Monday, January 29, 2007

Glades County Group Joins FPL Coal Power Protest

"Save It Now Glades" Joins Miami Protest

MOORE HAVEN, FLORIDA -- Environmental & social justice activists from across Florida and the South, including "Save It Now Glades" will this week protest the "Coaltrans Americas" 2007 annual international coal industry convention in Miami, Florida. The Coaltrans convention, happening on January 31st and February 1st in Key Biscayne's Ritz-Carlton resort, will bring business leaders and government officials from the energy, utilities, banking, transportation, and insurance sectors together in Miami from throughout the Americas.

The purpose of this Coaltrans "International Networking Event for the North & South American Coal Markets" event is to promote coal development throughout the Western Hemisphere. Activist groups will rally to present loud & visible creative protest actions that will:  urge investors to pursue clean energy development instead of coal; demand that coal producers immediately cease environmental destruction including "mountain-top removal"  coal-mining and global warming pollution; and  highlight the urgent crisis of human rights abuses and violent exploitation committed by the coal industry on rural and indigenous communities, and mineworkers, throughout the Americas.

The environmental coalition says major coal industry decision-makers & representatives attending the "Coaltrans Americas" convention are responsible for human rights violations against coalfield communities and mineworkers, as well as high levels of greenhouse gas emissions, air pollution leading to an epidemic of children suffering asthma, and massive expanses of irreplaceable land destroyed by mining. "Despite the fact that global warming is accelerating every day, over 150 new coal power plants are now planned to be built in the United States," including one in Florida's Everglades, the proposed coal power plant in Glades County, Florida. They say, "Local, regional and worldwide grassroots opposition to these irresponsible, deadly practices of the coal industry is intense and growing, from the Everglades and Appalachia in the southern US to Colombia and Venezuela in South America. A diverse alliance of local Miami and regional Southern activists will – for the first time – protest the annual Coaltrans Americas convention, in order to raise public awareness about the problems with coal and give voice to a common demand for rapid society-wide transitioning away from harmful, unsustainable coal use & towards clean, renewable energy sources."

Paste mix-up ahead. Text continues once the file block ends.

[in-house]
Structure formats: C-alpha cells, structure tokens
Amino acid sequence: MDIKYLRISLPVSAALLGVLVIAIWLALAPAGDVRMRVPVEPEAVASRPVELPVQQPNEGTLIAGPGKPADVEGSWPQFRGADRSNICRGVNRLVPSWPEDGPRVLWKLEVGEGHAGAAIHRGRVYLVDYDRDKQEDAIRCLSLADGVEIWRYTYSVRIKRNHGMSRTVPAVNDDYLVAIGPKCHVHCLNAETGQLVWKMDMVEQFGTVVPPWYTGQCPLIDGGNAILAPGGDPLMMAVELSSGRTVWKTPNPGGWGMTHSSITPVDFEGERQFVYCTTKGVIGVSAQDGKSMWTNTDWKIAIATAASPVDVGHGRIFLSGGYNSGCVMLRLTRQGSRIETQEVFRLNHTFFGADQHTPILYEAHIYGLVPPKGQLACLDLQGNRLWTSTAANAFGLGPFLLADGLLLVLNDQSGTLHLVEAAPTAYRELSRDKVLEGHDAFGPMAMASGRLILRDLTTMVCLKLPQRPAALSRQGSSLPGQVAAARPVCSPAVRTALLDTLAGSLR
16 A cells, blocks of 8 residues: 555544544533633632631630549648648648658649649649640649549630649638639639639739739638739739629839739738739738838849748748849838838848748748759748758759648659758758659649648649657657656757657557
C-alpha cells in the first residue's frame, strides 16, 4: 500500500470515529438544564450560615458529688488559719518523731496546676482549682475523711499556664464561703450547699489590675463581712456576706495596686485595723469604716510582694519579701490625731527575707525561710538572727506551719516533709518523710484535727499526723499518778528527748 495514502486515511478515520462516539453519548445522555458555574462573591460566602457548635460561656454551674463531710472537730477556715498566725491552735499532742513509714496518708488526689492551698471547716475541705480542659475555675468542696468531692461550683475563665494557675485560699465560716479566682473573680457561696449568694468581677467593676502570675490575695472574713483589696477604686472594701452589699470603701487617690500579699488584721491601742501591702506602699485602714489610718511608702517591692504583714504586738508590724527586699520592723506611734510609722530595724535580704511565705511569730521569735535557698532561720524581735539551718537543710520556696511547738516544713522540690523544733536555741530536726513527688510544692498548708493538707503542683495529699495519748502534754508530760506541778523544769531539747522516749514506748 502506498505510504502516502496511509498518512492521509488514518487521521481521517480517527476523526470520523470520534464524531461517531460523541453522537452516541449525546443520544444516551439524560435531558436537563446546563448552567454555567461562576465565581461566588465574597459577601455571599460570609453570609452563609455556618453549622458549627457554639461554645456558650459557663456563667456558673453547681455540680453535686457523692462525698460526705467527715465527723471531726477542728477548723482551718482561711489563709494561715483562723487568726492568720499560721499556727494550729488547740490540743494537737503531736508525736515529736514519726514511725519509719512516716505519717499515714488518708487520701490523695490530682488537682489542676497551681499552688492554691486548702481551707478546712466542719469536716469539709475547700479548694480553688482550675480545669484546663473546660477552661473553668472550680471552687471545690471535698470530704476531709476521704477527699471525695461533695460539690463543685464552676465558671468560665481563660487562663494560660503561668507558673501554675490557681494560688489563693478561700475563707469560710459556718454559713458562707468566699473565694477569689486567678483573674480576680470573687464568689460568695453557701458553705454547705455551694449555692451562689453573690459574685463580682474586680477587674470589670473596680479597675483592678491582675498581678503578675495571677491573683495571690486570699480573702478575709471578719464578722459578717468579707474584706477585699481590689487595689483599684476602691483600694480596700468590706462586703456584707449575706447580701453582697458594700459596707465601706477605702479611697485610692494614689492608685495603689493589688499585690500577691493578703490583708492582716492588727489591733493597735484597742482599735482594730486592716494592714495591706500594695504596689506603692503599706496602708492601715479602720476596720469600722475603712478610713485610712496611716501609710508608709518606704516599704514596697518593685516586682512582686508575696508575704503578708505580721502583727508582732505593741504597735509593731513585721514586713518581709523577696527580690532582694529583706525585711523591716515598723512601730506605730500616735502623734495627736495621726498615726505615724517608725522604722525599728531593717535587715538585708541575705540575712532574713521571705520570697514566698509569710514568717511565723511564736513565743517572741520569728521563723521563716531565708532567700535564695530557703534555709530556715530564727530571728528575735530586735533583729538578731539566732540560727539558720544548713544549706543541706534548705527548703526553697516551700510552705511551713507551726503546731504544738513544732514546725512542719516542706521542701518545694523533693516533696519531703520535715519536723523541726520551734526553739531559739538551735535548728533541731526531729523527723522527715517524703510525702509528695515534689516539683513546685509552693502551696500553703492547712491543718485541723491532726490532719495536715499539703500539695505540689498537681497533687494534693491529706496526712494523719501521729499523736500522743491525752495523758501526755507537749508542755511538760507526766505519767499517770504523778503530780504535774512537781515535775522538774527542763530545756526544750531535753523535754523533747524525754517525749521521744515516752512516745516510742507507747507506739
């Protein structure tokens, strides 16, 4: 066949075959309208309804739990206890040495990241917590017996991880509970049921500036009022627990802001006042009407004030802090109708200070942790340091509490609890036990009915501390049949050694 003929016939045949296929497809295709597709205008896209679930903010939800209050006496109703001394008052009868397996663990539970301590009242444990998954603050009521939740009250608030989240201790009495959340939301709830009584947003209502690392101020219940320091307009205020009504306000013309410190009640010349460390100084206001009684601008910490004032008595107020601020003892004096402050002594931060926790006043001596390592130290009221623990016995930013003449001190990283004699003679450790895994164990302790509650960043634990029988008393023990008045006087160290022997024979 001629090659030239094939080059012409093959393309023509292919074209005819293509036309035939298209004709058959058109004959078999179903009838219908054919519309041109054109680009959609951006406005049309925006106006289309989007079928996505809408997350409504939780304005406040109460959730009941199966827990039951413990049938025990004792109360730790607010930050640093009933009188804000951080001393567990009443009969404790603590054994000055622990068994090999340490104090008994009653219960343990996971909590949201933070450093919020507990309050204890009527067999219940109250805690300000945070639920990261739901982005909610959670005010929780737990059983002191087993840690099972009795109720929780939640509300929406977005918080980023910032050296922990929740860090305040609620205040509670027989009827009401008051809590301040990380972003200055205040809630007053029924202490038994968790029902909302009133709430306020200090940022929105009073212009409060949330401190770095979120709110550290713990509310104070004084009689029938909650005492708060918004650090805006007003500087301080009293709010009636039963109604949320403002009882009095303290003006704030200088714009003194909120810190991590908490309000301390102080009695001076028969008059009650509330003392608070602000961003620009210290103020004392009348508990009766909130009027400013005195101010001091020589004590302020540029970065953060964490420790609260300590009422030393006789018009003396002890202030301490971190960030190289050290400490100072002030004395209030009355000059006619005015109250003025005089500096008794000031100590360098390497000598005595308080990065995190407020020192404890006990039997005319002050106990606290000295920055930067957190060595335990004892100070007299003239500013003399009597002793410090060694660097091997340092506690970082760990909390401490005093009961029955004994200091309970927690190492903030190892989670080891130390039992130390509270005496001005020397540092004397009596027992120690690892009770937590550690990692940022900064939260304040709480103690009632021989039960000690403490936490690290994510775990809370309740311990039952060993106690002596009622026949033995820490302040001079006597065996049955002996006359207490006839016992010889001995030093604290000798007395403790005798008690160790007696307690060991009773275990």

The Wednesday January 31st protest will focus on coal issues in North America. The Thursday February 1st protest will focus on coal issues in Latin America. A public event open-to-all featuring speakers & films critical of coal will take place this Thursday evening at the Wallflower Gallery in downtown Miami (starting 7 pm; location: 10 NE 3rd St).

2 comments:

  1. Charles Randall5:57 PM

    I'm always amazed that when protests like this begin, we always hear "Tear it down! Shut it Down", but there is never a solution to the problem being protested.

    The real issue facing South Florida isn't whether or not a coal plant is being built, it's the looming energy crisis facing our citizens. Conservation methods and renewable forms like wind and solar are great, but they don't provide enough baseload power to keep the lights on in a state like Florida. Unless there is some sort of new generation built, and soon, we are at risk for the rolling blackouts and energy shortfalls that have plagued California for the last several years. Those affected the most will be those with the most to loose: the elderly, the poor, and the sick.

    So while I support your right to protest, I have to ask, what's your solution?

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  2. John Capece4:30 PM

    There are many better solutions. For example, the organizer of the Miami demonstration recently completed construction of an perfectly comfortable energy-independent home. Families like hers are leading the way to solutions. Pursuing these new solutions will employ more people and create new economic opportunities for our region, without damaging our future.

    It is more logical to take risks with new ways of generating and conserving energy than it is to take excessive risks with the future of our state.

    By the way, the acute power crisis in California years ago was largely the result of deregulation that allowed a large corporation to manipulate energy supplies to maximize profits. Remember ENRON? People do forget so quickly.

    California is also planning to use the gasification coal technology that FPL says they can't build for south Florida. Meanwhile, Tampa and Orlando electric utilities are building gasification plants and pursuing research for carbon dioxide sequestration. Now that's an example of pursuing real solutions!

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